Specimens of English Dialects; I. Devonshire. an Exmoor Scolding and Courtship Volume 9, No. 2

Specimens of English Dialects; I. Devonshire. an Exmoor Scolding and Courtship Volume 9, No. 2

By (author) 

List price: US$20.51

Currently unavailable

Add to wishlist

AbeBooks may have this title (opens in new window).

Try AbeBooks


This historic book may have numerous typos and missing text. Purchasers can usually download a free scanned copy of the original book (without typos) from the publisher. Not indexed. Not illustrated. 1879 edition. Excerpt: ...or terrier is said to yap'Se when Y Dr. Caius gives 1 wappe' in the same sense. To wappee is just as common as to yappee in the dialect. Both words imply the shrill bark of a small dog. A hound is never now said to yappee or wappee, but to speak or give tongue. Yeaveling, 166, 200, 223, 314, the Evening. yarvleen (obsolescent). For change of n into I, compare chimley for chimney. Yeavy, 43, Wet and Moist.--a Sax. Ea, aqua (!). yai'vee (very common). This word describes the condition of condensed damp on walls or stone floors just after a thaw. At such times the walls are said to ai'vie. The y in yavvee is obsolescent. Yemors, 224 yaenrurz, embers. When a wood fire has burnt down there are always plenty of hot embers underneath, even though to all appearance the fire is quite out. By stirring these a considerable heat is readily obtained--hence the allusion in the text, 'spudlee out the yemors.' Nothing was known of coal fires in Thomasin's days around Exmoor. Yeoanna Lock, 152, 211. See note 2, p. 42. To Yeppy, 261, to make a chirping Noise like Chicken or Birds;--also used negatively to denote the Voice of a Person that can't be distinctly heard: As in P. 52, 'thou art so hoarse that thou canst scarce yeppy.' yep-Se. This word is precisely the same as yappee (q. v.), but in N. Dev. it is often pronounced closer, yep-ie. Yerring, 41, 310, 501, Yelling, Noisy. yuureen (very common). Yess, 44, 89, 102, 295, Podex, in plain English mine A--' yes (the y is obsolescent). See note, 1. 44. Prompt. Parv. gives 'Ars, or arce, aars. Anus, cuius, podex.' 'If sheepe or thy lambe fall a wrigling with taile, Go by and by search it, whiles helpe may preuaile: That barberlie handled I dare thee assure, Cast dust in his arse, thou hast finisht thy cure?...show more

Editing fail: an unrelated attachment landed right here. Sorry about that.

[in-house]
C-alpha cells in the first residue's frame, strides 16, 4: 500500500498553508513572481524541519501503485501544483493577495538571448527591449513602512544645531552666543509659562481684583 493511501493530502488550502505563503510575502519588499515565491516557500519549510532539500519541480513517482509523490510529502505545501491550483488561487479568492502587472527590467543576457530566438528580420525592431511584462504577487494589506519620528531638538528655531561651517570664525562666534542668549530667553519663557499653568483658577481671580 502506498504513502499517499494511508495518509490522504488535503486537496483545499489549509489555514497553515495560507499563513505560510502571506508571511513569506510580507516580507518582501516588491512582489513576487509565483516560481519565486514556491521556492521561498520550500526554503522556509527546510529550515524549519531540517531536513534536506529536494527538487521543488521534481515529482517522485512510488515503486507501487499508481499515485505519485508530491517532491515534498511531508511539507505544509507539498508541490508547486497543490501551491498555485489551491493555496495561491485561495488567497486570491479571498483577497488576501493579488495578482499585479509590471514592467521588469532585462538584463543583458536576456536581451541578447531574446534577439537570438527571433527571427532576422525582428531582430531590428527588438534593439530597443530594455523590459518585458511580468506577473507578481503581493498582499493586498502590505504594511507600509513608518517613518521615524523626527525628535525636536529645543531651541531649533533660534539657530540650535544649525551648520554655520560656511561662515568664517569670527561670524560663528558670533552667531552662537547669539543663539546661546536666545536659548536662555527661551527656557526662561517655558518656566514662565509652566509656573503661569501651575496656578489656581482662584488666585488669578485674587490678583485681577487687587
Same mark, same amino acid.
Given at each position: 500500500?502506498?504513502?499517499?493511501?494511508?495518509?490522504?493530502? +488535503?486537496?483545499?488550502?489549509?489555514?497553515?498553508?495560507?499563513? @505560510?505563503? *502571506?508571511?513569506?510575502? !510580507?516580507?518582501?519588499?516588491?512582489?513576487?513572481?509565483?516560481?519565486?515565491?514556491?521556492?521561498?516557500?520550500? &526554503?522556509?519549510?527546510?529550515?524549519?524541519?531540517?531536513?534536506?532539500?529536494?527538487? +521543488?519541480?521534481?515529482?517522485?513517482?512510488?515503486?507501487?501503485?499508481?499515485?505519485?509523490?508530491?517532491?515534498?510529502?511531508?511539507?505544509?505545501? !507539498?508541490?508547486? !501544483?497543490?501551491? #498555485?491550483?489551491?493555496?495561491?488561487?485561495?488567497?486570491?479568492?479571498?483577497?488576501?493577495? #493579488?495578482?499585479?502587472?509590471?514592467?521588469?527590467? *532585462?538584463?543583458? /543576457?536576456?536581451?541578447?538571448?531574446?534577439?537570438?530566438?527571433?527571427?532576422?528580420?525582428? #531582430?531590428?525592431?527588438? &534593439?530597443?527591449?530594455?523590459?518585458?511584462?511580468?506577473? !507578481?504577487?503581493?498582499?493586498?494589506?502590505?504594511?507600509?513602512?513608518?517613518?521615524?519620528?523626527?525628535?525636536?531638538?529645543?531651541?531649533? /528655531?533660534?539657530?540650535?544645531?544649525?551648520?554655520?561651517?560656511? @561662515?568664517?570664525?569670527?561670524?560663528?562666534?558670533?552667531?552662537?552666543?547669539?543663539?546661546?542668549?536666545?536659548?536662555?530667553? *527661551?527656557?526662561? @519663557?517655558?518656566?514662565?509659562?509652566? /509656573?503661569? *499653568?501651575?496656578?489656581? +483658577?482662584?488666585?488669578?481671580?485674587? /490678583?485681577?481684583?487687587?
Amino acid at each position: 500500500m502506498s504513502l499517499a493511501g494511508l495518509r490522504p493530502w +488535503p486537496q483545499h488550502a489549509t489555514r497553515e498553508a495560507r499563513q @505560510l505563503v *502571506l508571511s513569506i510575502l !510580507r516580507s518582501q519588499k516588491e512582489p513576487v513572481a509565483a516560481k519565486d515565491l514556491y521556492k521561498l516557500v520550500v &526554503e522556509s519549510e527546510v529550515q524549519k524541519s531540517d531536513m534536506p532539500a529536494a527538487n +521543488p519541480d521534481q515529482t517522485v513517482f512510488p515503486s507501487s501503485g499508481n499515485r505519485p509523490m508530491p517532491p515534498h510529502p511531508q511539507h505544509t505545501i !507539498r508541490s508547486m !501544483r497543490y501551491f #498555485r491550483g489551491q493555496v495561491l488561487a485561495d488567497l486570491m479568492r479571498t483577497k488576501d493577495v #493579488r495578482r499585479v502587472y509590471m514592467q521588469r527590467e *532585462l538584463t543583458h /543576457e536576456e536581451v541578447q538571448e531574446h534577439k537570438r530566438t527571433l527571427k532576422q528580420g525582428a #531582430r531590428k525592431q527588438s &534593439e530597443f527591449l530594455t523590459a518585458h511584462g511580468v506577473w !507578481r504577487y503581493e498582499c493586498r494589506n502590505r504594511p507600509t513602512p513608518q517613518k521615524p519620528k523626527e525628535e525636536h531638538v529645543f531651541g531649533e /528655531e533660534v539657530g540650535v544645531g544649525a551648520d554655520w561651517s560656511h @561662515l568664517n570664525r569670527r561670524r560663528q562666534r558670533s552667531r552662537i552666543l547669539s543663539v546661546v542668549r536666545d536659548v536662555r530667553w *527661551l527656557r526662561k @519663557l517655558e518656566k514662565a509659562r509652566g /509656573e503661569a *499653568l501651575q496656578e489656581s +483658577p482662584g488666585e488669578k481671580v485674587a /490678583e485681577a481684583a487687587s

Product details

  • Paperback | 124 pages
  • 189 x 246 x 7mm | 236g
  • Rarebooksclub.com
  • United States
  • English
  • black & white illustrations
  • 1236895223
  • 9781236895226